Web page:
Month: February 2018

Nanomaterials — what are the environmental and health risks?

Read the full story at Phys.org.

Over 100 scientists from 25 research institutions and industries in 12 different European Countries, coordinated by the group of professor Antonio Marcomini from Ca’ Foscari University of Venice, have completed one of the first attempts to understand the risks nanomaterials carry throughout their life-cycle, starting from their fabrication and ending in being discarded or recycled…

After three years of research in laboratories and in contact with industrial partners, the scientists have processed, tested and made available an online platform (sunds.gd/) that supports industries and control and regulating institutions in evaluating potential risks that may arise for the production teams, for the consumers and for the environment.

Switchgrass Shows Promise as Next-Gen Cellulosic Biofuel

Read the full story in R&D Magazine.

Researchers from Colorado State University (CSU) have found that switchgrass–a non-edible native grass– would have a low carbon footprint if used as a biofuel.

More farmers may lease land for solar projects in Michigan

Read the full story at Great Lakes Echo.

As solar energy soars in popularity in Michigan, solar leasing has become a profitable option for farm owners.

French Food Waste Law Changing How Grocery Stores Approach Excess Food

Read the full story from NPR.

Every morning at a supermarket called Auchan in central Paris, Magdalena Dos Santos has a rendezvous with Ahmed “Doudou” Djerbrani, a driver from the French food bank.

Dos Santos, who runs the deli section of the store, is in charge of supervising the store’s food donations. She sets aside prepared dishes that are nearing their expiration date.

Opening a giant fridge, Dos Santos shows what else the store is giving away – yogurt, pizza, fresh fruits and vegetables, and cheese.

But giving leftover food to charity is no longer just an act of goodwill. It’s a requirement under a 2016 law that bans grocery stores from throwing away edible food.

Stores can be fined $4,500 for each infraction.

Grassroots water advocates, Midwest cities at odds on lead

Read the full story at Great Lakes Now.

Two years after Flint’s lead in drinking water issues finally boiled over and hit the national spotlight, emotions continue to run high on the topic, as evidenced by a gathering of activists and concerned citizens in Chicago last week.

Cocktail garnishes are a waste. These bartenders want to do something about it.

Read the full story in the Washington Post.

When people talk about “food waste,” they’re usually referring to food that’s thrown away by farms, grocery stores, restaurants, even home cooks. But an increasing number of bars are also thinking about sustainability, and the next wave in the movement is actually shaping up in your glass — or right on top of it.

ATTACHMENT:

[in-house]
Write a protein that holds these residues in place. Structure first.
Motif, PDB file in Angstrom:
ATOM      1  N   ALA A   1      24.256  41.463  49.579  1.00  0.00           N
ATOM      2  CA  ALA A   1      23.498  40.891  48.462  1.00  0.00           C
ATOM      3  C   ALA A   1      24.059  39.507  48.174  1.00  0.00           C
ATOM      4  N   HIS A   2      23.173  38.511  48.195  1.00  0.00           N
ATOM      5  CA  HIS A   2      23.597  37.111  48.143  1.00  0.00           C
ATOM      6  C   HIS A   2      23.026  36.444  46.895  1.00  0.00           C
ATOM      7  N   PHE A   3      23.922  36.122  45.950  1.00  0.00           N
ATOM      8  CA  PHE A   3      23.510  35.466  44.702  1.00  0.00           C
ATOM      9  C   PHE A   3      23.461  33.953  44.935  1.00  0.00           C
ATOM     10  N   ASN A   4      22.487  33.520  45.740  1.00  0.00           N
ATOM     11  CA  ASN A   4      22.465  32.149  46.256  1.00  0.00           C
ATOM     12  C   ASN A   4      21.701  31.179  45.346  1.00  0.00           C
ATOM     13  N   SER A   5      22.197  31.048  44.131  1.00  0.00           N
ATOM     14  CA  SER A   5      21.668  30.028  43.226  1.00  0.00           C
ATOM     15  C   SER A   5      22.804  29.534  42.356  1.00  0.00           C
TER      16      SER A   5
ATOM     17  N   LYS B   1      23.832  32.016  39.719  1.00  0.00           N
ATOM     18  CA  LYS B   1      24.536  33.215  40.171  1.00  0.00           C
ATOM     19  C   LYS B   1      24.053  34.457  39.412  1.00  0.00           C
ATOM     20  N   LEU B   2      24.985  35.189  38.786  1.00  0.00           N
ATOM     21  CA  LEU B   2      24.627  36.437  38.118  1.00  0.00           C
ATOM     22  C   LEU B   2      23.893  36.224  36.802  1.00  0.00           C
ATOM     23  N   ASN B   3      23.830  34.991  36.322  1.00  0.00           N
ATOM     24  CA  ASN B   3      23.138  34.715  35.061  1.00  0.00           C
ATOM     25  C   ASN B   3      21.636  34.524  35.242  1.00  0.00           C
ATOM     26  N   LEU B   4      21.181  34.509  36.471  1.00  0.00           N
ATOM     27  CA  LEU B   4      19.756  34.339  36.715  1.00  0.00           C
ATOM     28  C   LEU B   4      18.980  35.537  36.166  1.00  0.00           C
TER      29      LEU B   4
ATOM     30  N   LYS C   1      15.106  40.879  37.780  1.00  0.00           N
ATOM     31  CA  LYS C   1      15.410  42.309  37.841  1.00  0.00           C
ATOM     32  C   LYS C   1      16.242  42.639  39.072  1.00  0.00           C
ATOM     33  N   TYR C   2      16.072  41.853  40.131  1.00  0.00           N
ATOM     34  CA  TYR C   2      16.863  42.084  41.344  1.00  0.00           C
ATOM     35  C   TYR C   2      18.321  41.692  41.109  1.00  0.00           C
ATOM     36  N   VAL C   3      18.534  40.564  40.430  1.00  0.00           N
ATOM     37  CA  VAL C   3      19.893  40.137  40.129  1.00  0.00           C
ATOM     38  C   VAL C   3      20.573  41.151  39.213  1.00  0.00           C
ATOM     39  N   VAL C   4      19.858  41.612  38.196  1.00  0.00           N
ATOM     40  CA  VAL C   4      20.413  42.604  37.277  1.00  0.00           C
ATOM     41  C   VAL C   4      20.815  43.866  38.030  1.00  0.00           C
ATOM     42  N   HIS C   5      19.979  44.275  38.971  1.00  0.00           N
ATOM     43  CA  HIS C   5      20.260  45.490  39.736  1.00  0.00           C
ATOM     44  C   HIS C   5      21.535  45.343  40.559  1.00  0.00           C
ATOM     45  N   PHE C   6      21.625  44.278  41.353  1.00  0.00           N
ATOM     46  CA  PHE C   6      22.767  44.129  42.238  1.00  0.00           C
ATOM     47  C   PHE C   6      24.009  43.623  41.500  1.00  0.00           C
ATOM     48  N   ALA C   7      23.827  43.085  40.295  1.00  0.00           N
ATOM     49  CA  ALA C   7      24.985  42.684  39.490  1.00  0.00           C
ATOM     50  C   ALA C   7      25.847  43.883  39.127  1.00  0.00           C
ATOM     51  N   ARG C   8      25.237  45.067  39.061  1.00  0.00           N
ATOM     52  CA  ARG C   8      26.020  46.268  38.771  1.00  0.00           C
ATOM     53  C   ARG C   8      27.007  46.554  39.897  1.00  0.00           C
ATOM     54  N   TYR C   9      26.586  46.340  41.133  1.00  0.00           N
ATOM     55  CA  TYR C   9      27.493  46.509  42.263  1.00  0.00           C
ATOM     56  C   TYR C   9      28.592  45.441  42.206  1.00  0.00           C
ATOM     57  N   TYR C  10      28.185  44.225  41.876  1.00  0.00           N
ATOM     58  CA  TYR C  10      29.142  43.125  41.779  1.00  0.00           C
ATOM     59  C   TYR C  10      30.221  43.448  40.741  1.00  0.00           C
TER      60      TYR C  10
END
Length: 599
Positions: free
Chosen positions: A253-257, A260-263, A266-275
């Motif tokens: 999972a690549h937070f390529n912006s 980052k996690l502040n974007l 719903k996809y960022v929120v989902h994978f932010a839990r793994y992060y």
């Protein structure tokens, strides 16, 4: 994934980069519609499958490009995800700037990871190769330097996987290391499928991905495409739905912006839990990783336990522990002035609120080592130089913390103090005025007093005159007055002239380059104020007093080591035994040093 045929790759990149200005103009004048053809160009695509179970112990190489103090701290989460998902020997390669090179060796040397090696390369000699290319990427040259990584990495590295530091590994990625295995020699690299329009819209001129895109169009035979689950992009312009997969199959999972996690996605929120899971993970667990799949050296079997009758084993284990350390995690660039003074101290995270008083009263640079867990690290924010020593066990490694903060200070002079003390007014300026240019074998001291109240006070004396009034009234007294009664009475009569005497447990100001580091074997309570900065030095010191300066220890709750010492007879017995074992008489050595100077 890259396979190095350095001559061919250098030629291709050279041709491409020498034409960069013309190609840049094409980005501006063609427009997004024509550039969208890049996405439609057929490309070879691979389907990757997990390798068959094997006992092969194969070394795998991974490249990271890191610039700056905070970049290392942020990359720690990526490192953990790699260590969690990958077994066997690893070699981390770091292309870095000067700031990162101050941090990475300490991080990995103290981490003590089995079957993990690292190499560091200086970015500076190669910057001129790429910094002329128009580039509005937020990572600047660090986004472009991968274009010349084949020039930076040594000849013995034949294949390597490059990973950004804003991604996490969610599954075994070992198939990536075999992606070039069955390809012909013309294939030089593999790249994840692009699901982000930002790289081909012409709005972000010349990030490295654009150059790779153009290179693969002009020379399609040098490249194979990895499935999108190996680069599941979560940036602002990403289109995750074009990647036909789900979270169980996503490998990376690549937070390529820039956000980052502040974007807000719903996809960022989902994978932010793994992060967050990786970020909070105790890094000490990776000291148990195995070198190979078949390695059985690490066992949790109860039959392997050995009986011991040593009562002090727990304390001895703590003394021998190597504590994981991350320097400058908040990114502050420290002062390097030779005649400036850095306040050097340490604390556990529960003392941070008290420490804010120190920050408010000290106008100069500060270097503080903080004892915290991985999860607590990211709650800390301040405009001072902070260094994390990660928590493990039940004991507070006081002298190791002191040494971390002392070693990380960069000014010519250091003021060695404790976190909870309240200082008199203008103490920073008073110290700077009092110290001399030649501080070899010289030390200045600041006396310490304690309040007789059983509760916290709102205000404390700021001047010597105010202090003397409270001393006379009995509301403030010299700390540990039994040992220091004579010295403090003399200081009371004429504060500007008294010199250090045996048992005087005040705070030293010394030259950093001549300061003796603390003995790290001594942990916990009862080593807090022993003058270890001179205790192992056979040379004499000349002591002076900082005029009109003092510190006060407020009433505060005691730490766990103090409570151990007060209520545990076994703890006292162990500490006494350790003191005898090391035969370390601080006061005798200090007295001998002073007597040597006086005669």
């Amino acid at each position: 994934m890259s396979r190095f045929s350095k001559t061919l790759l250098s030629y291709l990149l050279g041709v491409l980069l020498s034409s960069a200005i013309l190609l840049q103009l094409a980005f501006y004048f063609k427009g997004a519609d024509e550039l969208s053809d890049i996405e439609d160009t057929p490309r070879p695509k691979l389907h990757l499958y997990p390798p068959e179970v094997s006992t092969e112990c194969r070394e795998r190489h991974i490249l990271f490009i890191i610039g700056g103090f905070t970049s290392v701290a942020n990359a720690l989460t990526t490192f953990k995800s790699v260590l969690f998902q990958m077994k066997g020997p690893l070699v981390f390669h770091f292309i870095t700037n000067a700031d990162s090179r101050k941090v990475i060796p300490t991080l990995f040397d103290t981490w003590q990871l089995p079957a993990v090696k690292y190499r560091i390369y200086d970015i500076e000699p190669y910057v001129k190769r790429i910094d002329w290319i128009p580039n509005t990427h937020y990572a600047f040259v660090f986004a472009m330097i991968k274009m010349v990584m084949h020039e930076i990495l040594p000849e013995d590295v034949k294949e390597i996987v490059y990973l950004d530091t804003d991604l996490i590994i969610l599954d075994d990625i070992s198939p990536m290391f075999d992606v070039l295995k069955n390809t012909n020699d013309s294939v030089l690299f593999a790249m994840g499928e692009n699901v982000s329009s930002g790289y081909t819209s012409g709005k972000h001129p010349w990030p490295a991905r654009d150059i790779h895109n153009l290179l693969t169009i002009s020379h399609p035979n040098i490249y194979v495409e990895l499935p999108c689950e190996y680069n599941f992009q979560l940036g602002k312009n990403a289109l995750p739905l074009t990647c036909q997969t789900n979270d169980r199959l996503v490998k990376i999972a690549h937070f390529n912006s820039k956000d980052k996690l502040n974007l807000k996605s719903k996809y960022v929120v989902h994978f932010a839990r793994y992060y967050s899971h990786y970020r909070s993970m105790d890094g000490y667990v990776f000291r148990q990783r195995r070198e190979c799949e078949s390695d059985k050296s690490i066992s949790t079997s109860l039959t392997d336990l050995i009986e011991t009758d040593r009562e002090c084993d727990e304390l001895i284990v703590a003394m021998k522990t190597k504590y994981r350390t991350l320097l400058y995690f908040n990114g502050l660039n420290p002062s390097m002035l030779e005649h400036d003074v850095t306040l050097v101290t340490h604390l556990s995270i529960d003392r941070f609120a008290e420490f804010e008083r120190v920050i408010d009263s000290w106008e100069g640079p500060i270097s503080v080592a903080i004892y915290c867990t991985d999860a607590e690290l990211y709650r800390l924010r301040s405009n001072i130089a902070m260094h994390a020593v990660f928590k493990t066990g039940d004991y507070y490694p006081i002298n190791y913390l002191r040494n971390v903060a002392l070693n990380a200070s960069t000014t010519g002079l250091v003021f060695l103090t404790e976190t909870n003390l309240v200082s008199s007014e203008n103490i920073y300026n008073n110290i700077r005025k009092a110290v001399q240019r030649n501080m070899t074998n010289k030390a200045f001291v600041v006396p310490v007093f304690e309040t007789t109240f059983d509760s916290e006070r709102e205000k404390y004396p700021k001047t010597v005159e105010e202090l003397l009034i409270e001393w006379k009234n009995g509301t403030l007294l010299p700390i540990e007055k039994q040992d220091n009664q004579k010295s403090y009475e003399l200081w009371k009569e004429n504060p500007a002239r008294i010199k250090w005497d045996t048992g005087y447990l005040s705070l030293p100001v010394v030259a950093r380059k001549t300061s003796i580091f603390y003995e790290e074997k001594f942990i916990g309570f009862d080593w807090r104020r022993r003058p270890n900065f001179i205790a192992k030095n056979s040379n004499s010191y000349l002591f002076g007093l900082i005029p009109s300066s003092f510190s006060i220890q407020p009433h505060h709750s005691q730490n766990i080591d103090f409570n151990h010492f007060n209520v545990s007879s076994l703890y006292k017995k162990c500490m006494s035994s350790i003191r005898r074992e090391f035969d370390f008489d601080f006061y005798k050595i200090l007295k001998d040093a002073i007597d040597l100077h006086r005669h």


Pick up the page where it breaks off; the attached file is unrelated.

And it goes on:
Stanford professor withdraws $10 million libel suit against journal, academic critic

Read the full story in the Washington Post.

A Stanford University professor who has argued that the nation can power itself entirely with renewable energy by the middle of the century, said Thursday that he’s withdrawing a multimillion-dollar libel suit he brought against an academic critic.

EPA scientists find black communities disproportionately hit by pollution

Read the full story in The Hill.

A study conducted by Environmental Protection Agency (EPA) scientists found that minority and poorer communities are disproportionately affected by air pollution relative to the overall population.

The findings by five EPA scientists, published Thursday in the American Journal of Public Health, found that when looking at areas most affected by particulate air emissions, like soot, there were large disparities between communities differentiated by color and social strata.

Anti-secrecy lawsuits soaring against Pruitt’s EPA

Read the full story at Politico.

The Environmental Protection Agency has experienced a huge surge in open records lawsuits since President Donald Trump took office, an analysis of data reviewed by POLITICO shows — a trend that comes amid mounting criticism of EPA’s secrecy about Administrator Scott Pruitt’s travels, meetings and policy decisions.

Eliminating Toxics in Carpet: Lessons for the Future of Recycling

Download the document.

Eliminating Toxics in Carpets: Lessons for the Future of Recyclinga new report by the Healthy Building Network (HBN), calls for eliminating over 40 highly toxic chemicals in carpets that threaten public health and impede recycling. These toxics are known to cause respiratory disease, heart attacks, strokes, asthma, and immune and developmental health problems in children. The report outlines strategies to protect public health and the environment by eliminating these hazardous chemicals from carpets, increasing carpet recycling rates, and improving product transparency.

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